Tron Theatre, Glasgow
When boy meets girl in Shakespeare’s frothy but terminally unreconstructed rom-com, the so-called happy ending has always been at best questionable. Jo Clifford’s gender-bending new reading of the story of how Katherina learnt to succumb to Petruchio’s will proceeds to turn the play’s world upside down, break every rule going and run with it to make a whirlwind piece of queer-core cabaret inspired subversion.
Here, Katherina is a boy, a bratty swot with ideas above his station and a serious attitude problem. Kate isn’t at all like his himbo brother Bianca, who only wants to serve the women who run the world as they woo him into willing submission. Petruchio, meanwhile, is a woman who, enjoying the challenge of Kate’s resistance to her charms, is on a mission, and won’t put up with any of Kate’s nonsense, no matter how much he refuses to put out.
Over a rollicking 75 minutes, Michael Fentiman’s co-production between the Tron and their enterprising fellow travellers at the Sherman Theatre, Cardiff deconstructs and reinvents Shakespeare’s original as one might with the wheel, yet, with the aid of Claire Cage’s comic pedant, somehow manages to keep the central thrust of the play’s story intact.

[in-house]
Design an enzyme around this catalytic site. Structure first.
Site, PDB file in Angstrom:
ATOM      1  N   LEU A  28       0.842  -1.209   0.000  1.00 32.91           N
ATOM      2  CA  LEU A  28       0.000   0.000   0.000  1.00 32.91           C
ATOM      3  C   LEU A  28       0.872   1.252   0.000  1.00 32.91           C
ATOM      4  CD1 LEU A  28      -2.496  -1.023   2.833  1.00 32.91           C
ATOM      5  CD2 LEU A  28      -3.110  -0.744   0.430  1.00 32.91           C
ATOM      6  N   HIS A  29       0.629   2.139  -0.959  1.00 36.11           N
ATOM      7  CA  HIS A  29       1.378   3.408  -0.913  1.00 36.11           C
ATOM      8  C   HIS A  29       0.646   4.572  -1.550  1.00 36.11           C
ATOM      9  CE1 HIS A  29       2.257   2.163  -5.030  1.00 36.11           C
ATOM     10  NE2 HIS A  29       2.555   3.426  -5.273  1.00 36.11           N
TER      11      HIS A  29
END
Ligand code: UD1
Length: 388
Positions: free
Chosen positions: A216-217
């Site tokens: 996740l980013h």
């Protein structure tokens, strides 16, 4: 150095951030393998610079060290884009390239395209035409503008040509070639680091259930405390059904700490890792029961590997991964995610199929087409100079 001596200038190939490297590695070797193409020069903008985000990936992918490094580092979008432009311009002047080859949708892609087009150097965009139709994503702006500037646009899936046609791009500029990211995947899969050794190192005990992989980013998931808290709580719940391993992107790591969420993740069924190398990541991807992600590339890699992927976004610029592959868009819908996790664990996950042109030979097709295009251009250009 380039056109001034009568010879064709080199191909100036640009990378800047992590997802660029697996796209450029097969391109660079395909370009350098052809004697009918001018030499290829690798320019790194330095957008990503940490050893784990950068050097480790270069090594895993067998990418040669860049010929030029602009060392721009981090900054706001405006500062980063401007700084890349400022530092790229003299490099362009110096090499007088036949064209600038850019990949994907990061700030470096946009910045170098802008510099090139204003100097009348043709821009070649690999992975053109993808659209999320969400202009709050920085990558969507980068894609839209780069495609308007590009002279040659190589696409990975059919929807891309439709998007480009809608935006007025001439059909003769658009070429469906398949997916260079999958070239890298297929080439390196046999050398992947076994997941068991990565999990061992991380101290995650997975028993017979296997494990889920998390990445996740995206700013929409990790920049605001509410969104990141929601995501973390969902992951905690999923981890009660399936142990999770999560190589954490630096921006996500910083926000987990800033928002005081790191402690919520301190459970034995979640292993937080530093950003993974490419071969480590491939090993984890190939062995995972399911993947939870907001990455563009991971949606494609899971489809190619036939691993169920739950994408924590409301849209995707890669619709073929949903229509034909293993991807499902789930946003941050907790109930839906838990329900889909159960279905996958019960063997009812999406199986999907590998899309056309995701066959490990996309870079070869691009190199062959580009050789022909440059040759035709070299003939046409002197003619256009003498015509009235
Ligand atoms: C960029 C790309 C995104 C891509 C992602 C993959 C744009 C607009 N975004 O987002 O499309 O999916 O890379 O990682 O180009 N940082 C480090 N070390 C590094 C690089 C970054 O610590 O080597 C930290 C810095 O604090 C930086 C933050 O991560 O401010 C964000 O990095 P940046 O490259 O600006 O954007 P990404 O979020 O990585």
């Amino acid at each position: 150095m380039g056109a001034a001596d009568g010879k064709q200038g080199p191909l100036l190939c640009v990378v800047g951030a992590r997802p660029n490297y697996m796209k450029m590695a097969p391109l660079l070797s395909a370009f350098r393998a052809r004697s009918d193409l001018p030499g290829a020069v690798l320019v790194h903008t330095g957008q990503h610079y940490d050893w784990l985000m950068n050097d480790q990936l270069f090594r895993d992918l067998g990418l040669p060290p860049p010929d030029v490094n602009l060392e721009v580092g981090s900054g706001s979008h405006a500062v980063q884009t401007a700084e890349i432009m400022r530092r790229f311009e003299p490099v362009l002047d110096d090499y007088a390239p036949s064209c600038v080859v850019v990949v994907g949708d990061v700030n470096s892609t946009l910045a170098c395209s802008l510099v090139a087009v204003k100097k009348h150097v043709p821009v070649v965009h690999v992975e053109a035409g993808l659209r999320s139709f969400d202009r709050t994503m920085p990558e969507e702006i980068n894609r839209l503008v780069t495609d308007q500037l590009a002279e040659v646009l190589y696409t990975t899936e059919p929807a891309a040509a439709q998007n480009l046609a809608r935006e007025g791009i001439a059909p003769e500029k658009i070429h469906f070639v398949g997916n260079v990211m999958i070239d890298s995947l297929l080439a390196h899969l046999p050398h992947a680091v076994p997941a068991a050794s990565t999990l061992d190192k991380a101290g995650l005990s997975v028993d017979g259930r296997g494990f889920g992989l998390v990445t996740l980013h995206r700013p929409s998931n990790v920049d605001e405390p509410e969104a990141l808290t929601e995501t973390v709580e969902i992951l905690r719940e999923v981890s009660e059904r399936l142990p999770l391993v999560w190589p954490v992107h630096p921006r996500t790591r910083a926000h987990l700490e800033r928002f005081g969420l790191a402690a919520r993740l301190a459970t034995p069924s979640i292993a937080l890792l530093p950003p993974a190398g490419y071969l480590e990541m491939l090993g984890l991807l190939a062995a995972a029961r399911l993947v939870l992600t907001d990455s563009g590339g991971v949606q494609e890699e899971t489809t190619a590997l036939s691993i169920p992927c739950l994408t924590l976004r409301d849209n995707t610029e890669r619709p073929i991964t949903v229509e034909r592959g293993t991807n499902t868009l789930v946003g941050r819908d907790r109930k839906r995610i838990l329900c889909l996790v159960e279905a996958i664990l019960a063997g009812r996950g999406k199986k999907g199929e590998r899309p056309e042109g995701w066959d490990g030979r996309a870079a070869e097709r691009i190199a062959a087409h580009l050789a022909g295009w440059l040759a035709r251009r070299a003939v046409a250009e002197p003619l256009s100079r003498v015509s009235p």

Scarlett Brookes takes no prisoners as Petruchio, Kate is played by Matt Gavan like an indie-kid Rik Mayall, with Francois Pandolfo a quasi-coquettish Bianca and Louise Ludgate simply magnificent as the matriarchal Baptista. If the play’s central relationship has a combative air, it is heightened by Madeleine Girling’s mini circus ring styled set, while Danny Krass’ sound design is given a live kick by the musical double act of Hannah Jarrett-Scott and Alexandria Riley.
While there is some seriously incendiary stuff going on here concerning the rich and ever changing tapestry of gender politics, making sex mosaics as they go, there is such an irreverent tone at the show’s heart that it’s clear everyone is having a cross-gendered ball.
The Herald, March 22nd 2019